Stop Asking For Ideas
I recently gave a presentation on innovation for a company that sells travel packages online. The presenter who preceded me was the executive in charge of creating the technology that automatically sends follow-up e-mails to prospects who visited the site.
A few minutes into his presentation, he displayed a slide that showed the typical e-mail used in their follow-up campaign. The audience of 50 executives immediately shouted out ways of improving the e-mail. This went on for over 30 minutes. The problem was nearly all of the ideas had been tried before, were not practical, or were inappropriate.
Everyone in your organization will have an idea. They will have suggestions on how to improve the business. And they will have opinions on what to do differently. You don’t need more ideas.
Albert Einstein reputedly said, “If I had an hour to save the world, I would spend 59 minutes defining the problem and one minute finding solutions.” Unfortunately, most organizations are running around spending 60 minutes finding solutions to problems that don’t matter.
To accelerate your innovation efforts, you need to get better at solving challenges, which if implemented, will create massive value for the organization. It involves seeking solutions instead of suggestions. One of the greatest skills an organization can possess is the ability to ask the right question, the right way.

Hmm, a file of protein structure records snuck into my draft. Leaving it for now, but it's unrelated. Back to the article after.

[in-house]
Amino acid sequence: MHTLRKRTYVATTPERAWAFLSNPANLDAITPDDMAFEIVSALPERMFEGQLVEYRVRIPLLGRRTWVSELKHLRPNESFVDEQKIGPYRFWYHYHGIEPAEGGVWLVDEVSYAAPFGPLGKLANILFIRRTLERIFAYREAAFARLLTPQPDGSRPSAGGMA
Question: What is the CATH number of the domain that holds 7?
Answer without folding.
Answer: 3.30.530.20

Asking the right question the right way means identifying the real opportunities for the organization. It also requires you to articulate the question in a way that increases the likelihood of the challenge being solved.
BP discovered that asking a question the “wrong way” can result in idea overload. After the explosion of the Deepwater Horizon well, they created an online suggestion box that encouraged concerned citizens to submit ideas on how to stop the flow of oil. They received nearly 123,000 submissions. On the surface, this might sound like a huge success. But out of all of these ideas, only a dozen or so were deemed as having any value. This means that 99.99 percent were duds. The amount of energy required to process this many bad ideas is massive.
A major bank tried a similar approach, asking their employees for their suggestions on how to improve the business. Although they received several thousand ideas, none were implemented and the entire innovation team was fired. A well-known software company used the same strategy. After receiving over 10,000 ideas yet only implementing two, the program was shut down.
Your organization is probably drowning in ideas, suggestions and opinions. Although there might be nuggets of value in these, it takes a lot of panning to find the gold. Instead, when you become masterful at asking the right question the right way, you will most likely be able to quickly and efficiently solve challenges that have the potential to create huge value.